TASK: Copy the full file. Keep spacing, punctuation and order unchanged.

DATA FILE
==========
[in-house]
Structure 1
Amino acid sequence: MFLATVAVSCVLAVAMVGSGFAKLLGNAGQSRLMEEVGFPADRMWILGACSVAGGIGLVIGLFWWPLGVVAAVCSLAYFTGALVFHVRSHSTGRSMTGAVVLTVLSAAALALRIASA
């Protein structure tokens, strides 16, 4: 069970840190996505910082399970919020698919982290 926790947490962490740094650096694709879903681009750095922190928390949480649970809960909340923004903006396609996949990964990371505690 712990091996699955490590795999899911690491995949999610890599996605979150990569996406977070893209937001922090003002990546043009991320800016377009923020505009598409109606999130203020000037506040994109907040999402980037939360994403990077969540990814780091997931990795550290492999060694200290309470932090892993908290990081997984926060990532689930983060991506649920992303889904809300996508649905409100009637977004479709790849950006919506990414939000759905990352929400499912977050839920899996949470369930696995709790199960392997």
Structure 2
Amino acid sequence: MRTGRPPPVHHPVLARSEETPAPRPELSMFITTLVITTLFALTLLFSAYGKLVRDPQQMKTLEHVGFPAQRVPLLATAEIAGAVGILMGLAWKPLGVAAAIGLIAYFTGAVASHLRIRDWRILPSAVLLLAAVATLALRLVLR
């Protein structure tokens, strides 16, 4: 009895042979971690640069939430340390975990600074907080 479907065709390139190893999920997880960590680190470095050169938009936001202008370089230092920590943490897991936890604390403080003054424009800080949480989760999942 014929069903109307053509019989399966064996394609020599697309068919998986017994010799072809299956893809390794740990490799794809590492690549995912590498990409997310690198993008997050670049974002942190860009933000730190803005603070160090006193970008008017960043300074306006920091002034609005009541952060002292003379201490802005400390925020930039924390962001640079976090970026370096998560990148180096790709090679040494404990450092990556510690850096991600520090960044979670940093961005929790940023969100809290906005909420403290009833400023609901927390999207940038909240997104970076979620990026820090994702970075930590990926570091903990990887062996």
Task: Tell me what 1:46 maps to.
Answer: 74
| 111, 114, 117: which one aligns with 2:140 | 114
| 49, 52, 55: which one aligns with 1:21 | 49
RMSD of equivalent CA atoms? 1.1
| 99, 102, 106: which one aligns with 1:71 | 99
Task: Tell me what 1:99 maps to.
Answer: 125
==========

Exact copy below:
[in-house]
Structure 1
Amino acid sequence: MFLATVAVSCVLAVAMVGSGFAKLLGNAGQSRLMEEVGFPADRMWILGACSVAGGIGLVIGLFWWPLGVVAAVCSLAYFTGALVFHVRSHSTGRSMTGAVVLTVLSAAALALRIASA
């Protein structure tokens, strides 16, 4: 069970840190996505910082399970919020698919982290 926790947490962490740094650096694709879903681009750095922190928390949480649970809960909340923004903006396609996949990964990371505690 712990091996699955490590795999899911690491995949999610890599996605979150990569996406977070893209937001922090003002990546043009991320800016377009923020505009598409109606999130203020000037506040994109907040999402980037939360994403990077969540990814780091997931990795550290492999060694200290309470932090892993908290990081997984926060990532689930983060991506649920992303889904809300996508649905409100009637977004479709790849950006919506990414939000759905990352929400499912977050839920899996949470369930696995709790199960392997």
Structure 2
Amino acid sequence: MRTGRPPPVHHPVLARSEETPAPRPELSMFITTLVITTLFALTLLFSAYGKLVRDPQQMKTLEHVGFPAQRVPLLATAEIAGAVGILMGLAWKPLGVAAAIGLIAYFTGAVASHLRIRDWRILPSAVLLLAAVATLALRLVLR
């Protein structure tokens, strides 16, 4: 009895042979971690640069939430340390975990600074907080 479907065709390139190893999920997880960590680190470095050169938009936001202008370089230092920590943490897991936890604390403080003054424009800080949480989760999942 014929069903109307053509019989399966064996394609020599697309068919998986017994010799072809299956893809390794740990490799794809590492690549995912590498990409997310690198993008997050670049974002942190860009933000730190803005603070160090006193970008008017960043300074306006920091002034609005009541952060002292003379201490802005400390925020930039924390962001640079976090970026370096998560990148180096790709090679040494404990450092990556510690850096991600520090960044979670940093961005929790940023969100809290906005909420403290009833400023609901927390999207940038909240997104970076979620990026820090994702970075930590990926570091903990990887062996």
Task: Tell me what 1:46 maps to.
Answer: 74
| 111, 114, 117: which one aligns with 2:140 | 114
| 49, 52, 55: which one aligns with 1:21 | 49
RMSD of equivalent CA atoms? 1.1
| 99, 102, 106: which one aligns with 1:71 | 99
Task: Tell me what 1:99 maps to.
Answer: 125